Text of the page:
The UR robots at Task Force Tips in Valparaiso, Indiana, had a return on investment of only 34 days.
For most basic, repetitive tasks such as machine-tending, screw-driving, or assembly, cobots can be up and running within hours. The intuitive teach pendant makes “training” the robot quick and easy, even with no previous robotic or programming experience. And while cobots can get to work immediately, they’re also lightweight and flexible enough that they can be redeployed to new tasks quickly and easily. Programs can even be stored to immediately resume previous jobs.
At TCI in Auckland, New Zealand, UR robots handle assembly and labeling tasks. “The robots are easy to set up and reprogramming can take just a few minutes,” says Quintin Fowler, TCI’s Managing Director.
Cobots can work around the clock without breaks. They don’t come in late or leave early, and they need minimal maintenance or updates. Many UR cobots have been in action for years—long after they’ve paid for themselves.
Cobots complete their operations consistently, accurately, and reliably, for improved output and product quality. In many cases, companies see significant reduction in scrap. And while cobots work at about the same speed as humans, most companies see output increase because cobots can work consistently around the clock.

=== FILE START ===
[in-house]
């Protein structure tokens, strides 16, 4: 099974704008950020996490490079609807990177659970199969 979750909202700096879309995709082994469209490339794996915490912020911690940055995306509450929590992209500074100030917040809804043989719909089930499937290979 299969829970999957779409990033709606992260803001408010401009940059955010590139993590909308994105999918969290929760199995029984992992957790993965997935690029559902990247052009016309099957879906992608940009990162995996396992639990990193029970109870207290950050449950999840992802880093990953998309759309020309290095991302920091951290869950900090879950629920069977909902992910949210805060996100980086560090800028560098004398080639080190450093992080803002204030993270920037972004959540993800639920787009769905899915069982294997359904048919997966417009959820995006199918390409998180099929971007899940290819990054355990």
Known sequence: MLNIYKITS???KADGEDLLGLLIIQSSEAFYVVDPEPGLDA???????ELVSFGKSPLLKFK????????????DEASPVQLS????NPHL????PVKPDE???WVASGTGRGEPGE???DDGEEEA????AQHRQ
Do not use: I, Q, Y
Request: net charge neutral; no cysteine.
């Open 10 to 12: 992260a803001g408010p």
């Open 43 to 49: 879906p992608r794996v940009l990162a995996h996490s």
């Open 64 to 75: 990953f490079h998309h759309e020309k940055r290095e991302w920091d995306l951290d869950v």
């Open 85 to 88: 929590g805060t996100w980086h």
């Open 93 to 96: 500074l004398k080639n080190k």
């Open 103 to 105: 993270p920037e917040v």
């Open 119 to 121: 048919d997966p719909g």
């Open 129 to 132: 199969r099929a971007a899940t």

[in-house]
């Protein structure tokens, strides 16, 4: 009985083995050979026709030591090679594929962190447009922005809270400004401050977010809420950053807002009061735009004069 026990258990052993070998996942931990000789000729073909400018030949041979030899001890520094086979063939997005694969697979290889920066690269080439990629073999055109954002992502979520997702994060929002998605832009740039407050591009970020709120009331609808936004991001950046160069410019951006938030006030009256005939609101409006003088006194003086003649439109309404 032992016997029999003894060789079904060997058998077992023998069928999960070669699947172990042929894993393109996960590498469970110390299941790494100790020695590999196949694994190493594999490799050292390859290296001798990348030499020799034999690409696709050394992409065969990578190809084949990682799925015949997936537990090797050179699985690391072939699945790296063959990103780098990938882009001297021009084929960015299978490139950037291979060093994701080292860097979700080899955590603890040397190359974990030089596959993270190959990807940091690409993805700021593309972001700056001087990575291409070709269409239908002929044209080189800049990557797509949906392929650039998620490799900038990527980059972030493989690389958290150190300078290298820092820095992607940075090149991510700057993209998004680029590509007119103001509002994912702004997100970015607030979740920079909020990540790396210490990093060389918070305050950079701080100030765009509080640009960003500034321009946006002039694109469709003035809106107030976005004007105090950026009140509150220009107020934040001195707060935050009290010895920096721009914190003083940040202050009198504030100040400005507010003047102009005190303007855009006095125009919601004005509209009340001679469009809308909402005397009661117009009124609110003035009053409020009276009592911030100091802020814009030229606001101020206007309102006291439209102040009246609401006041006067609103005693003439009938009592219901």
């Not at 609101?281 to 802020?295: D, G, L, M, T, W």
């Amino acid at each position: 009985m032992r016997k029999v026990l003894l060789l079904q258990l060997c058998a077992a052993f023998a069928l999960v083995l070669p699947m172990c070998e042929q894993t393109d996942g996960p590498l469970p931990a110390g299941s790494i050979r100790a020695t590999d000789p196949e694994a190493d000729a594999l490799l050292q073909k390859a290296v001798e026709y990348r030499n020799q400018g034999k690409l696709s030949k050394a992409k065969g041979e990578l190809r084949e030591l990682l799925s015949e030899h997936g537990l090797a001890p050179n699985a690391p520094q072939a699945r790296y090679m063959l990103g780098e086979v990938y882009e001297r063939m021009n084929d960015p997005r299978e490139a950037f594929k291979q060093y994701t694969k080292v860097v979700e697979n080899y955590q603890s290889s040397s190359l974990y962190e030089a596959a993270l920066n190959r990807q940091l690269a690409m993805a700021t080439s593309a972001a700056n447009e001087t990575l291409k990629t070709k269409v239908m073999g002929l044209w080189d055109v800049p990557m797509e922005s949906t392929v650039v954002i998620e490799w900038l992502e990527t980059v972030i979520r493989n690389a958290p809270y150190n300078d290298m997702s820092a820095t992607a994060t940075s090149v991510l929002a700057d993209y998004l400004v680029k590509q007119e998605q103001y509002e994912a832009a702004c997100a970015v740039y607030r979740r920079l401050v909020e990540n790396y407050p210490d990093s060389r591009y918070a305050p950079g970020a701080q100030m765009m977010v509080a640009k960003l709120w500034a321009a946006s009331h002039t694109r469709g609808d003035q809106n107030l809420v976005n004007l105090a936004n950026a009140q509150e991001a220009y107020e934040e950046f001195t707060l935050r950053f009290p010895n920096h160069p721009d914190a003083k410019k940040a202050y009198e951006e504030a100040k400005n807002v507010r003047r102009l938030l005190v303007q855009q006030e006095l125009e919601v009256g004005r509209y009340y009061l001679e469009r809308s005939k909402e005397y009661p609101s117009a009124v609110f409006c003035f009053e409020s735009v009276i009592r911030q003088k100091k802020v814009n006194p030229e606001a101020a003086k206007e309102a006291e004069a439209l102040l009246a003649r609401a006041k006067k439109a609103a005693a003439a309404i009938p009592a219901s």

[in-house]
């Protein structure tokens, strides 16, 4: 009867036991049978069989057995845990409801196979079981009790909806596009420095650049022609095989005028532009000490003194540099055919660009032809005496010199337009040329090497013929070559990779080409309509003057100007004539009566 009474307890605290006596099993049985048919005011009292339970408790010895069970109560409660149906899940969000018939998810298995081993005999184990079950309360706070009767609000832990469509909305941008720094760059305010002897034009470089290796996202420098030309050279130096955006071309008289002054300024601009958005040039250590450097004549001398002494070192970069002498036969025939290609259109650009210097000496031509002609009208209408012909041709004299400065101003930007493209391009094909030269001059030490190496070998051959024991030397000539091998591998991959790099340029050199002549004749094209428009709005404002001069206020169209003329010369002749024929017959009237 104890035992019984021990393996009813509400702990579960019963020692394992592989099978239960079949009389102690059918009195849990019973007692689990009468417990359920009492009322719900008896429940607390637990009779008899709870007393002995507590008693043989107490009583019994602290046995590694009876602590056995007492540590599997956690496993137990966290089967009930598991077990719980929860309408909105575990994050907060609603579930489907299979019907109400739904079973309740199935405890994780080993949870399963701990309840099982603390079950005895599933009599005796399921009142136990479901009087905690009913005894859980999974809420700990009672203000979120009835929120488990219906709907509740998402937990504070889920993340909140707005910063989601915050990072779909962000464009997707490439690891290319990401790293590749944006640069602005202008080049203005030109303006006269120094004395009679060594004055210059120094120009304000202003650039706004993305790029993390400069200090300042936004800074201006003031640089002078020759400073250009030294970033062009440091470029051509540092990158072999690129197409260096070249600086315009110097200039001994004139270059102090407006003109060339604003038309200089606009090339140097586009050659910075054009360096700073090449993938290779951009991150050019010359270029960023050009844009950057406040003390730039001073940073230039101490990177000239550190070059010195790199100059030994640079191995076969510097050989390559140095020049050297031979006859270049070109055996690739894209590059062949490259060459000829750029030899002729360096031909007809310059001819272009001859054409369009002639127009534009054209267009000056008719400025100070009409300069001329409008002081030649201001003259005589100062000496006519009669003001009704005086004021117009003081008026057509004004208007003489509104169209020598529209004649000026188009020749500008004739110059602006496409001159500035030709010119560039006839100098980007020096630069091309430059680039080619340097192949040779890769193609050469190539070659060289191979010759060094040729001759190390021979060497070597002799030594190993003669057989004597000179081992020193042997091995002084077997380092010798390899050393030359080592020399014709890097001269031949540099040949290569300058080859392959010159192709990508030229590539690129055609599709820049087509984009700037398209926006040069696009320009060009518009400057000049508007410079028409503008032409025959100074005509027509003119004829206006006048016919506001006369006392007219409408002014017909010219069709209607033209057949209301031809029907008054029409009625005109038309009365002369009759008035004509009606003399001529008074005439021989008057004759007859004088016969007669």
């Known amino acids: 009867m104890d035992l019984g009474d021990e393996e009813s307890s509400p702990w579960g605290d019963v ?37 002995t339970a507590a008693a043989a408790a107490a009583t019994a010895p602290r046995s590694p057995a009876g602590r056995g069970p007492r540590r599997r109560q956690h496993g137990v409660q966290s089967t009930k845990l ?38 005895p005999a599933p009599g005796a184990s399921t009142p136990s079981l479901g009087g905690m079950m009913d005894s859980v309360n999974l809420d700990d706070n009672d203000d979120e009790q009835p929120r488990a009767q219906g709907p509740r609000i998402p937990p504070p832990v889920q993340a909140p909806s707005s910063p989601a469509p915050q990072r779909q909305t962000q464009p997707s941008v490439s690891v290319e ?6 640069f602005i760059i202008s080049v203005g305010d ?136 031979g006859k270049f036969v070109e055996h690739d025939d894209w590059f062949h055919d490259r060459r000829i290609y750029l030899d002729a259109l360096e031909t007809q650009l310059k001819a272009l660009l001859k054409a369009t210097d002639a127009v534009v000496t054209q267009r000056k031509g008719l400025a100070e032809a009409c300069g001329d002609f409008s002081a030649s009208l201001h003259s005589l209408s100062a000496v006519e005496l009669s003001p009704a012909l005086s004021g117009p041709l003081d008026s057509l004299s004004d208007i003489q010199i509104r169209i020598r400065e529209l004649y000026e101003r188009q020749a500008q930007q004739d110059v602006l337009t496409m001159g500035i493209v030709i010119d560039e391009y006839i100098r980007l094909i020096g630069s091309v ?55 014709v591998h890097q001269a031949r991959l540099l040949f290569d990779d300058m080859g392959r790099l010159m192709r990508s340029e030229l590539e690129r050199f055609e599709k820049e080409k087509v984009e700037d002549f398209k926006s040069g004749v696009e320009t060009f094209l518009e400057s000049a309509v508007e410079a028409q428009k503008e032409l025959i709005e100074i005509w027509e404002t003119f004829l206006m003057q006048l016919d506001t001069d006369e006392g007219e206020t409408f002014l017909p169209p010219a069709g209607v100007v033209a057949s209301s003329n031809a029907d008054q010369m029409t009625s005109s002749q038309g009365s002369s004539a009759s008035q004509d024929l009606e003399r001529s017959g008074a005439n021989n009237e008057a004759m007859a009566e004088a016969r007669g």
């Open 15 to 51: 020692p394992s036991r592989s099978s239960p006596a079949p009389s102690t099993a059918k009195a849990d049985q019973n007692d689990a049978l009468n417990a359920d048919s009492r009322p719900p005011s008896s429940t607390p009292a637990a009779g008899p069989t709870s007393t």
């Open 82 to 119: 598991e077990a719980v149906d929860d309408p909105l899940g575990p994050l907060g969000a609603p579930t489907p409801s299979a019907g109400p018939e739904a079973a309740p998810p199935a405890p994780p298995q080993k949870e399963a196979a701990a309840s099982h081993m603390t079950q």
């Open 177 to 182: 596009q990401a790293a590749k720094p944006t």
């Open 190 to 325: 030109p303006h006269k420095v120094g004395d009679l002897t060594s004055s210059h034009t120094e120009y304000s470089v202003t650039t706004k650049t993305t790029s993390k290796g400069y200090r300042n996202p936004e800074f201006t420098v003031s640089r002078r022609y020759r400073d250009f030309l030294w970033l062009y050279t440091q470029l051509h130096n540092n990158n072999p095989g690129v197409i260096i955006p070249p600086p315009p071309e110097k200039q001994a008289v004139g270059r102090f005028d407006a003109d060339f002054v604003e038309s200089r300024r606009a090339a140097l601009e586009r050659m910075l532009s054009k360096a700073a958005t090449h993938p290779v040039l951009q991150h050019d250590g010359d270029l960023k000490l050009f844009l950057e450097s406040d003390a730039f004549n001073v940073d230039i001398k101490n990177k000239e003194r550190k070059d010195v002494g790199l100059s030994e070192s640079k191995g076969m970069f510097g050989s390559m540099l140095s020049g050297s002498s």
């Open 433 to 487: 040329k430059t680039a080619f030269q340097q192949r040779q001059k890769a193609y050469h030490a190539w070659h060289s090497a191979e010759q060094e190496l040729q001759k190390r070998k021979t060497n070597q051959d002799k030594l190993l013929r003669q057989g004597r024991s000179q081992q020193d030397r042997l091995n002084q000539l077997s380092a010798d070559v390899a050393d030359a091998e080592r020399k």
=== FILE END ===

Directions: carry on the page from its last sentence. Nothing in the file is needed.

Cobots can perform tasks that could be dangerous or injury-prone for humans, and they don’t need an ergonomic work station or breaks to stretch or change position. And with built-in safety features that slow or stop the robot arm if a human enters its workspace, the cobot keeps its human colleagues safe from accidents.
Instead of having an employee manually cut 16,000 wires per day by hand at Scott Fetzer Electrical Group in Nashville, Tennessee, the UR5 robot now handles this task, eliminating the risk of workers getting carpal tunnel syndrome.
As hard as it is to hire people for day shifts, companies that run multiple shifts can run into even more difficulties staffing swing or graveyard shifts—not to mention the need to pay shift differentials. Even though cobots are designed for collaborative work, they can also be used for many lights-out manufacturing processes, so that new lines are ready to go when employees arrive in the morning.
By automating low-value tasks that human workers don’t want to do, companies can redeploy valuable employees to jobs that require more dexterity or decision-making skills. This can help companies keep skilled employees motivated, with a career path that helps them move into positions with more responsibility—such as robot operators or programmers.
We believe that collaborative robotic technology can be used to benefit all aspects of task-based businesses – no matter what their size.
We believe that the latest collaborative robot technology should be available to all businesses. The nominal investment cost is quickly recovered as our robotic arms have an average payback period of just six months.